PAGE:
Designers often spend years figuring out the best placement for different elements, from everything from web design to print ads. There needs to be a set amount of white space and a certain alignment to various items, plus numerous other factors. It is difficult to stay up to date on all of these features that you have to factor in. One big thing you might wonder is about logo placement.
The answer isn’t cut and dry but can vary depending on what item you place the logo on and what its design elements are. However, there are some general rules you might find helpful as you move forward. Here are some tips that will help you with logo placement in your designs:
Traditionally, a logo is placed in one of three places on a website — all three across the top. The decision is simply whether to place it to the left, middle or right of the page. One thing you’ll want to consider, however, is how your readers process the information on a page. Typically, an English speaker will start at the top left corner of your page and read across and down. This style is how they would read a book.
This left-to-right reading style could indicate that it is a smart idea to place your logo on the top left of the page. However, if you would rather guide the reader’s focus to something other than your logo, then you might choose a different placement. If your website is available in other languages that read right-to-left, you might want to switch up your design for those versions of your site.
Giving out shirts with your logo on them is a great way to get the word out about your brand. Your customers appreciate the free gift, and you get multiple walking billboards to advertise your product for you. However, logo placement and even logo color versus background color is vital. It doesn’t do you much good to pass out shirts if no one will see the logo on them or hear about your brand.
First, you need to make sure there is a strong contrast between the colors of the logo and the shirt. You wouldn’t want to place a white logo on a yellow tee. Place white on black or black on a light color. As a rule of thumb, pair a dark color with a light hue, so the logo and shirt contrast with one another. There are, of course, different levels of contrast.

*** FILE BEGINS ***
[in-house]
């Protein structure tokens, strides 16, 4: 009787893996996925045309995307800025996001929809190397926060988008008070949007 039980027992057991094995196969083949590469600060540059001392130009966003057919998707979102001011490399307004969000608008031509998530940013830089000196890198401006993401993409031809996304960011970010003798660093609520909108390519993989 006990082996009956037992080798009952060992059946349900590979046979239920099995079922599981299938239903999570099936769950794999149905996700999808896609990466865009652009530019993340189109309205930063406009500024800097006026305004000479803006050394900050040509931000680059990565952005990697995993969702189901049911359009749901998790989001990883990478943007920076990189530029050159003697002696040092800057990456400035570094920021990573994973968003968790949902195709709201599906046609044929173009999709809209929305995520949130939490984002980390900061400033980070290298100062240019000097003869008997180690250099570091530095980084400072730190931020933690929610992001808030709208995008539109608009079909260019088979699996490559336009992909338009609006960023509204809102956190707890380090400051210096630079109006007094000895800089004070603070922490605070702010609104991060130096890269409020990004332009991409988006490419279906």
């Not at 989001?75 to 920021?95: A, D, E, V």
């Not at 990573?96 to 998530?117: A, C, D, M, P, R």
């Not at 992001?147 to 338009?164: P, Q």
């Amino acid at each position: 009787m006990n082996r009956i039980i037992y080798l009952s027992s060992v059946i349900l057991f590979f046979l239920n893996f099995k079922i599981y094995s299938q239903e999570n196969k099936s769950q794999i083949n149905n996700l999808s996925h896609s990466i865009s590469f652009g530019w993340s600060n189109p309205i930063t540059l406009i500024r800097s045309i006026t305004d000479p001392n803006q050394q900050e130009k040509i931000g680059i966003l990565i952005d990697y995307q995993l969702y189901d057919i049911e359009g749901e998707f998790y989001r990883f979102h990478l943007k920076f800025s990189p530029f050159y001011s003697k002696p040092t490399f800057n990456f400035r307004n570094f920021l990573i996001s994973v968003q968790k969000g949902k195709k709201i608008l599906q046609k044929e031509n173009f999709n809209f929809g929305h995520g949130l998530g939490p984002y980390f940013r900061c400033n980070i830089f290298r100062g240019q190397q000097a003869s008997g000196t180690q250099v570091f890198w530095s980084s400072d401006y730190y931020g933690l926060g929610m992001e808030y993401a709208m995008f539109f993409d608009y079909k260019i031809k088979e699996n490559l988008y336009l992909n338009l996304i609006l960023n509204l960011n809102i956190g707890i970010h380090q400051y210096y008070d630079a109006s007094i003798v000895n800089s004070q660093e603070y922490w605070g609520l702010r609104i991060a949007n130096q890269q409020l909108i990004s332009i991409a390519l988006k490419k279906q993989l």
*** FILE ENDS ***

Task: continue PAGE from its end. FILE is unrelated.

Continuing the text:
The best placement for a logo is on the front of the shirt from six to eight inches below where the shoulder seam and the neckline meet. Four inches to the left of the shirt’s center also works. Make sure the logo’s size is appropriate for both men and women and can be easily spotted from a distance. It should not be so large that it takes over the entire shirt or sits upon the woman’s chest in an unflattering way.
If you own a brick and mortar store, or you plan to create a tote with your logo, then you’re probably wondering what to place on the bag. The simplest design is usually the most effective. The logo alone is often enough for this type of design. However, if you have other elements within the design, you’ll want to make sure the logo has some space around it.
For example, you need to make sure your logo is placed within a boundary and separated from other elements. You can see an example in the “U” spacing on the University of Texas at San Antonio logo. It has a U equal in height and width to the logo U, so that nothing comes too close to the logo boundary.
Place the logo on a bag near the center both in height and width, so it is clear and easy to view. Essentially, you want a bit of negative space around your logo, so it stands out to the viewer.
4. Graphics on Transportation
Vehicle wraps are a lasting way to market your brand. Placement is vital. You must consider how your logo will look when the car doors are open or when the vehicle is in different settings.
One thing you want to be particularly cautious of when placing a logo on items is the logo’s alignment. For example, check out this example of the Starbucks van logo gone wrong. Think about every aspect of the logo. How will it look from different angles, for example? Or, in the case of the Starbucks van, what happens when the door is open or closed?
5. Ads on and in Public Transportation
What about advertising on public transportation? Many buses feature one or more ads from local businesses. You can also place your logo on a bus stop bench or inside the bus itself. Think about where people look when they ride on public transportation. What is at eye level? If you place your logo in the wrong location, it might be partially cut off by a tall rider or someone standing in the aisle. How does the logo appear if portions of it aren’t viewable?